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theatre review

John Avey, Betty Allison and Sean Clark in AtGs #UncleJohnDarryl Block Photography

We forget how many impediments of convention, inattention and sheer repetitive boredom separate us from the emotional heft of the classics of great art. Overlaid with centuries of accumulated tradition, they often scarcely break through the tough membrane of ultra-familiarity that can be their shroud.

And then – there you are sitting in the grungy basement Black Box Theatre on Queen Street, with 80 other people sitting at 20 tables arranged for a mock wedding reception, and the power of art, of opera, of storytelling and of great music smack you in the face like a bracing wake-up call to the spirit.

You're there to see #UncleJohn, Against the Grain Theatre's adaptation of Mozart's Don Giovanni, an updated version of the operatic masterpiece transplanted to the Toronto of today, where iPads replace written notebooks, text messages substitute for conversations, but the power of the story of the great amoral seducer is presented with an urgency at once universal and as timely as the tweets to #beenrapedneverreported. #UncleJohn is a triumph.

#UncleJohn uses Mozart's score for Don Giovanni as its foundation, played beautifully by the Cecilia String Quartet and pianist and music director Milos Repicky, so it begins from a position of strength. But director Joel Ivany has written a new modern libretto for the opera that is more than clever – although it is that. Ivany has managed to channel the spirit of Lorenzo da Ponte, Mozart's original librettist, and remake the tensions and contradictions, passions and horrors of the original to work in a modern setting. All of the characters are there – the Don, (renamed Uncle John) his "wingman" Leporello, Elvira, Zerlina and Anna, and their male add-ons, all thoroughly up-to-date, but essential and real and vibrant as characters, something you don't always see in more traditional stagings. And Ivany's own staging for the opera, which has the characters circulate through the tables where we, the guests at Zerlina and Masetto's wedding are sitting, bring the action to life in an intimate, touchable, way.

But the key to the success of this superb production is in the voices of its cast. That's the thing about Against The Grain productions. They break so many of the rules of opera, but follow the most important one – the singing is beautiful, urgent and telling. Neil Craighead is a funny, boisterous Leporello. Sean Clark's tenor soars on more than one occasion as Ottavio. Aaron Durand makes a nice, metrosexual Masetto. John Avey is a truly malevolent Commander. Cameron McPhail's Uncle John is well-sung, but even more beautifully acted. McPhail makes us feel the slimy, seductive, cruel power of Don Giovanni in an especially creepy and powerful way through both his fine voice and exceptional acting.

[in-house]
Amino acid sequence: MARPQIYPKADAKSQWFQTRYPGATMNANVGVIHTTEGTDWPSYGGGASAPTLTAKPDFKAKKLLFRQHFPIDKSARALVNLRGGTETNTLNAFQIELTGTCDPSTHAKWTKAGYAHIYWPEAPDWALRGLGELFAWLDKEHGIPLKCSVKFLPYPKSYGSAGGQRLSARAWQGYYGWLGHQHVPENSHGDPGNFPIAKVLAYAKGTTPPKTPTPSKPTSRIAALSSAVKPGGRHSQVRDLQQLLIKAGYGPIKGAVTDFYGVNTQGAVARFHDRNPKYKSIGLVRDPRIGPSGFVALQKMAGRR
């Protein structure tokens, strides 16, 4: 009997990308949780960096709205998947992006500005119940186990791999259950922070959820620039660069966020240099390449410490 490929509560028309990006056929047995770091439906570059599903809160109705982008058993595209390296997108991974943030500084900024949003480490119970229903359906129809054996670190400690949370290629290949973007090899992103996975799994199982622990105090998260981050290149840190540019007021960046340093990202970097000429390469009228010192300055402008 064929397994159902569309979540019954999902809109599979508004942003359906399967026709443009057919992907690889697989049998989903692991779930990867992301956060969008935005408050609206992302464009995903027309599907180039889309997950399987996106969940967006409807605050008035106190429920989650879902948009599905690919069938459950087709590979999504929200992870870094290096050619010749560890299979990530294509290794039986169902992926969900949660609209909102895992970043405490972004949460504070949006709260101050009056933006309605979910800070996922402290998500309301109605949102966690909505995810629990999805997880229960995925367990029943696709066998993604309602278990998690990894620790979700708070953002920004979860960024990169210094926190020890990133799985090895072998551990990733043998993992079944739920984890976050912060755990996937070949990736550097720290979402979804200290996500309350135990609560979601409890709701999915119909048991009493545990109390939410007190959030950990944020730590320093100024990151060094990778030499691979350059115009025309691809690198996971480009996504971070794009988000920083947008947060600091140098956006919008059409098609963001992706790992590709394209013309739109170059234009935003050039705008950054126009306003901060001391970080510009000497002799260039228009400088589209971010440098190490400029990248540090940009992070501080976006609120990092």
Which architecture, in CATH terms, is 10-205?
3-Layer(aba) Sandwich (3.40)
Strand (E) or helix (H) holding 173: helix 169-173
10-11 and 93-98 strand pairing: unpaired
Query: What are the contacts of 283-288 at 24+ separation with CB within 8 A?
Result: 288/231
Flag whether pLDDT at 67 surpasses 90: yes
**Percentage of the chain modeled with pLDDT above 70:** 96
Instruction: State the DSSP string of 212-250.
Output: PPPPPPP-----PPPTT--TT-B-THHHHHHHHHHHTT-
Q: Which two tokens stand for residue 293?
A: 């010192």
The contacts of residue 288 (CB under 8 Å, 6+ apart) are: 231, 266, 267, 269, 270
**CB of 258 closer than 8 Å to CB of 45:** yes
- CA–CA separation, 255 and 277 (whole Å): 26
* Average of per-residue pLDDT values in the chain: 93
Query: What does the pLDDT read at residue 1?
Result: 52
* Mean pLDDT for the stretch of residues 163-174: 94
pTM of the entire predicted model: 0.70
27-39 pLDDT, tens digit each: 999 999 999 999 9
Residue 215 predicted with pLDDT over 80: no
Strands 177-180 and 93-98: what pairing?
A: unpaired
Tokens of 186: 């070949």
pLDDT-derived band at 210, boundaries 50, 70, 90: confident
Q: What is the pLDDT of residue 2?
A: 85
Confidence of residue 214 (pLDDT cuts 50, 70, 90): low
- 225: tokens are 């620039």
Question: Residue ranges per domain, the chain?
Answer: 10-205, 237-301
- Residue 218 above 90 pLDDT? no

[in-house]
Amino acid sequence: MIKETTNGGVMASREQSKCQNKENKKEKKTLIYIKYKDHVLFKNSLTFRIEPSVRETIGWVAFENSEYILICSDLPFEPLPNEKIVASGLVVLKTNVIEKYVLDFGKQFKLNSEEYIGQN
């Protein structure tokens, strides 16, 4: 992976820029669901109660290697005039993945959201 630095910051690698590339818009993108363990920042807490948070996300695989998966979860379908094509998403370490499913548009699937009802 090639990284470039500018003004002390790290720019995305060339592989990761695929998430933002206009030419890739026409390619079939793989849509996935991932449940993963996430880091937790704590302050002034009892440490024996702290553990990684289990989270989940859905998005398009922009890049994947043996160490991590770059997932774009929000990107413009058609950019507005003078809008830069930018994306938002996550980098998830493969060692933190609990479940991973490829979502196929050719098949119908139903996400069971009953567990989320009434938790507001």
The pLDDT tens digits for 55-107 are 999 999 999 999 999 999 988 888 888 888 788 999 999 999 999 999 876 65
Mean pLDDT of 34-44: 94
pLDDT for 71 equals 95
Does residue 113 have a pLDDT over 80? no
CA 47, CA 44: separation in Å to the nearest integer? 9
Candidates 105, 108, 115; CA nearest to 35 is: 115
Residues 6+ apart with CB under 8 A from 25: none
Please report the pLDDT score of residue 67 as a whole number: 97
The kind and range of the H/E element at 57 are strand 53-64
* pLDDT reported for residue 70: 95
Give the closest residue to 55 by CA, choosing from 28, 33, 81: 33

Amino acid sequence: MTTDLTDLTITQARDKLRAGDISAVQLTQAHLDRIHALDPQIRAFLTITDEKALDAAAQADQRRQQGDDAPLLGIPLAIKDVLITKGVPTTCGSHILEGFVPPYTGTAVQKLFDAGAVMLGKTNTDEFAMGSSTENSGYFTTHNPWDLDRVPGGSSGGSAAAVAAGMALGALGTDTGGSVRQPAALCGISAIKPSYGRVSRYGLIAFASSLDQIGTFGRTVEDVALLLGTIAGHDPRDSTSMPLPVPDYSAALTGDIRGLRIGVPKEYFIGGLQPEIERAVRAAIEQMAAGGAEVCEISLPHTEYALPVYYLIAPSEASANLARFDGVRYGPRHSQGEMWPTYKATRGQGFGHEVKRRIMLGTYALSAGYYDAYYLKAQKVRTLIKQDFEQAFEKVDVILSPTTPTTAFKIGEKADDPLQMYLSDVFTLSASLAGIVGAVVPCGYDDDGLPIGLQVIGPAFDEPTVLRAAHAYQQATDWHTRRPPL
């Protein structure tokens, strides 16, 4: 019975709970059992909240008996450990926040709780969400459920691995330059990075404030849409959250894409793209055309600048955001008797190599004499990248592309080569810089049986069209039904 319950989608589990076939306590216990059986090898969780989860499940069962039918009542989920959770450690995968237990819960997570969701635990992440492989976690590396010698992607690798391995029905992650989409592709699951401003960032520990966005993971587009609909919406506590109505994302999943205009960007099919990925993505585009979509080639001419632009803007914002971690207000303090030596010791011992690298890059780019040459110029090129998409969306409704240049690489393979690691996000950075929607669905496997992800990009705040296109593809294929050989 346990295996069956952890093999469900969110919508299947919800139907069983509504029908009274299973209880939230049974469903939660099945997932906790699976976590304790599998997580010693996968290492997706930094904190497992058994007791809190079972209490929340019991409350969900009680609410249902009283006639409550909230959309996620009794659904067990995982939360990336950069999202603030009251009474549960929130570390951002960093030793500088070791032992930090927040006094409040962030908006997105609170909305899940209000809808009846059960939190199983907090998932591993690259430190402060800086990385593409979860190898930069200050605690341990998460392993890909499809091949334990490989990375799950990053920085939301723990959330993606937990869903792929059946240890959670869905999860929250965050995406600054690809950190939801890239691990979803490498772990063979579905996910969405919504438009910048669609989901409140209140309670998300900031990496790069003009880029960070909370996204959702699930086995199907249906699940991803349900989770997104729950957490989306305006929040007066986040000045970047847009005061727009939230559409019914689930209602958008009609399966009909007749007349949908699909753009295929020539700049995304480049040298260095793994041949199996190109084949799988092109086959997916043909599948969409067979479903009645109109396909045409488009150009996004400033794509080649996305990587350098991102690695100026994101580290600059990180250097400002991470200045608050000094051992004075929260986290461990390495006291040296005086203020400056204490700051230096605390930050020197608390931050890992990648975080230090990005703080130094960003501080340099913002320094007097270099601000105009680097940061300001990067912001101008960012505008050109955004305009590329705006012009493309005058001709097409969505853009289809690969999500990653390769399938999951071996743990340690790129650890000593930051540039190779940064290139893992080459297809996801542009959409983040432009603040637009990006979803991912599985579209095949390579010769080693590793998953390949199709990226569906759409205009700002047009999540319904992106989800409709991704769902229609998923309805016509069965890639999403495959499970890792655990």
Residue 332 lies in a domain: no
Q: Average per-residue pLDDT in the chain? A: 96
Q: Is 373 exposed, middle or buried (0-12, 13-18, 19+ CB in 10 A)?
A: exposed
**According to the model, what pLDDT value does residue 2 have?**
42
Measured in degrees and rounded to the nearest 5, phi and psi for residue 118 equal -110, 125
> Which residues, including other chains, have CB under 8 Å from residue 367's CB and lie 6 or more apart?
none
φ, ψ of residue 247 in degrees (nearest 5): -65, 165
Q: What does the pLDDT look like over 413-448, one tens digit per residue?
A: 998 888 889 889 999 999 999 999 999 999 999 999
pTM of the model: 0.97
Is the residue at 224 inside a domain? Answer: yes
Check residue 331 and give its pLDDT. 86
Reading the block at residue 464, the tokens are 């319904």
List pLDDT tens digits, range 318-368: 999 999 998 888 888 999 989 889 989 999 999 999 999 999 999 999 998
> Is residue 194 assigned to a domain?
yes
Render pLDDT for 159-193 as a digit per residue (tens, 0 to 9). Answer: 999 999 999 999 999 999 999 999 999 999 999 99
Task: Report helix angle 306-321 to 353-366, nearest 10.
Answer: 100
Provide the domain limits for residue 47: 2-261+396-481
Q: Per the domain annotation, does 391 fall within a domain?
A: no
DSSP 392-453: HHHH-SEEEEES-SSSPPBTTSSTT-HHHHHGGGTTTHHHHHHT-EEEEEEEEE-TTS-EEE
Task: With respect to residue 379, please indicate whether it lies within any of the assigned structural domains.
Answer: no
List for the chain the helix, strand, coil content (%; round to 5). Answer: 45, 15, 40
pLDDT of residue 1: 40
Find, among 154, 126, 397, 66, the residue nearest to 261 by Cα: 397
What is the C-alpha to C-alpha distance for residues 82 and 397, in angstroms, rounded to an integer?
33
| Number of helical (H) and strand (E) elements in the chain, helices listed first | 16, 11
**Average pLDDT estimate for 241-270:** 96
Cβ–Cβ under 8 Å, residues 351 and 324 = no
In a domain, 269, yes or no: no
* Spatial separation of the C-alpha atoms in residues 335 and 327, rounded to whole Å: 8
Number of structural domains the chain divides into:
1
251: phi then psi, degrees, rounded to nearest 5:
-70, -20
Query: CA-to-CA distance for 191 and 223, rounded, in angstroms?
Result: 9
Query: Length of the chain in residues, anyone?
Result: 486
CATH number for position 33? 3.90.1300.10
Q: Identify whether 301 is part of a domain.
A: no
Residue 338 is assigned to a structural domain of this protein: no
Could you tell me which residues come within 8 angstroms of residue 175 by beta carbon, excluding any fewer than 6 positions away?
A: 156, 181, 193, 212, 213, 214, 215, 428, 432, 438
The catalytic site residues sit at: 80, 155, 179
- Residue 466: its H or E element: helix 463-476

But it's the women of this cast that stun. Miriam Khalil wheedles, begs, suffers and rages as Elvira, the jilted lover, making her fine soprano express every emotion with exactness and feeling. Sharleen Joynt is a gorgeous Zerlina, with a voice full of power and control that is by turns seductive and serene. And then there's Betty Allison's creamy, effortlessly created Anna, a simple, beautiful joy to hear.

Opera is complex. It's old. It can be elitist. It's used as a class marker by many – turning its intrinsic worth into a token of status. But, as #UncleJohn blissfully reminds us, it can also speak to our hearts and spirits, and move us, perhaps more powerfully than any other aesthetic form. This is a very satisfying evening in art's embrace. The COC is presenting the "real" Don Giovanni in January. They have a very tough act to follow.